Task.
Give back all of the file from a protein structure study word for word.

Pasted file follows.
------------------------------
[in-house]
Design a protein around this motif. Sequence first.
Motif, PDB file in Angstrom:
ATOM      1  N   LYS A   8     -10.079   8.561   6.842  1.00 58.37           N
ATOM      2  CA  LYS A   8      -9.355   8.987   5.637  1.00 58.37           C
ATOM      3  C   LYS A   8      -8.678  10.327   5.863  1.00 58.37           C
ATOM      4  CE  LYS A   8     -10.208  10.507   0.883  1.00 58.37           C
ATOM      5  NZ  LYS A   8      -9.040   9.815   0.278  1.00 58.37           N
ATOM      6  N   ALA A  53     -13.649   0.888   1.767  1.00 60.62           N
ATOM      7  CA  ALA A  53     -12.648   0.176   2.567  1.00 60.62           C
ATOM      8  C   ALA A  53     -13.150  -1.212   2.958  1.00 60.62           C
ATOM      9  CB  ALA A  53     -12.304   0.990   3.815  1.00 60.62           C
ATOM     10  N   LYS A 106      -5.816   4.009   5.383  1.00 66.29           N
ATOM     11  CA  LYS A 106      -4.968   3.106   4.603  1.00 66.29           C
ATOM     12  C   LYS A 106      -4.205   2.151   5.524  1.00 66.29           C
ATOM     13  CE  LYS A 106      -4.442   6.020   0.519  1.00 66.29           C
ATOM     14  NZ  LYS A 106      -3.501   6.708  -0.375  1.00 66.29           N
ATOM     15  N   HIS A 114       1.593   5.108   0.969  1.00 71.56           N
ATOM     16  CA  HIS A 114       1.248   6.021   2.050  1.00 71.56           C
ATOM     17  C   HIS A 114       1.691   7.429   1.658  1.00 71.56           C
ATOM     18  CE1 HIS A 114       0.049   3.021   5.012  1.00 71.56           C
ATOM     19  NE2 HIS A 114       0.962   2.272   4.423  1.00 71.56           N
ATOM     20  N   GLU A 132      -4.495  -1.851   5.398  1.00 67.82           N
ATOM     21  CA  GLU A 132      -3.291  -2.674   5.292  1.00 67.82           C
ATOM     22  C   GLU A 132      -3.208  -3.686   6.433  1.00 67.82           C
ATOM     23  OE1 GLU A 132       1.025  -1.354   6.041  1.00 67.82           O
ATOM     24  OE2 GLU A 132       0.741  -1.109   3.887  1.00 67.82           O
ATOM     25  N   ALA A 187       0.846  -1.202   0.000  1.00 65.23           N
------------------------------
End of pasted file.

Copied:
[in-house]
Design a protein around this motif. Sequence first.
Motif, PDB file in Angstrom:
ATOM      1  N   LYS A   8     -10.079   8.561   6.842  1.00 58.37           N
ATOM      2  CA  LYS A   8      -9.355   8.987   5.637  1.00 58.37           C
ATOM      3  C   LYS A   8      -8.678  10.327   5.863  1.00 58.37           C
ATOM      4  CE  LYS A   8     -10.208  10.507   0.883  1.00 58.37           C
ATOM      5  NZ  LYS A   8      -9.040   9.815   0.278  1.00 58.37           N
ATOM      6  N   ALA A  53     -13.649   0.888   1.767  1.00 60.62           N
ATOM      7  CA  ALA A  53     -12.648   0.176   2.567  1.00 60.62           C
ATOM      8  C   ALA A  53     -13.150  -1.212   2.958  1.00 60.62           C
ATOM      9  CB  ALA A  53     -12.304   0.990   3.815  1.00 60.62           C
ATOM     10  N   LYS A 106      -5.816   4.009   5.383  1.00 66.29           N
ATOM     11  CA  LYS A 106      -4.968   3.106   4.603  1.00 66.29           C
ATOM     12  C   LYS A 106      -4.205   2.151   5.524  1.00 66.29           C
ATOM     13  CE  LYS A 106      -4.442   6.020   0.519  1.00 66.29           C
ATOM     14  NZ  LYS A 106      -3.501   6.708  -0.375  1.00 66.29           N
ATOM     15  N   HIS A 114       1.593   5.108   0.969  1.00 71.56           N
ATOM     16  CA  HIS A 114       1.248   6.021   2.050  1.00 71.56           C
ATOM     17  C   HIS A 114       1.691   7.429   1.658  1.00 71.56           C
ATOM     18  CE1 HIS A 114       0.049   3.021   5.012  1.00 71.56           C
ATOM     19  NE2 HIS A 114       0.962   2.272   4.423  1.00 71.56           N
ATOM     20  N   GLU A 132      -4.495  -1.851   5.398  1.00 67.82           N
ATOM     21  CA  GLU A 132      -3.291  -2.674   5.292  1.00 67.82           C
ATOM     22  C   GLU A 132      -3.208  -3.686   6.433  1.00 67.82           C
ATOM     23  OE1 GLU A 132       1.025  -1.354   6.041  1.00 67.82           O
ATOM     24  OE2 GLU A 132       0.741  -1.109   3.887  1.00 67.82           O
ATOM     25  N   ALA A 187       0.846  -1.202   0.000  1.00 65.23           N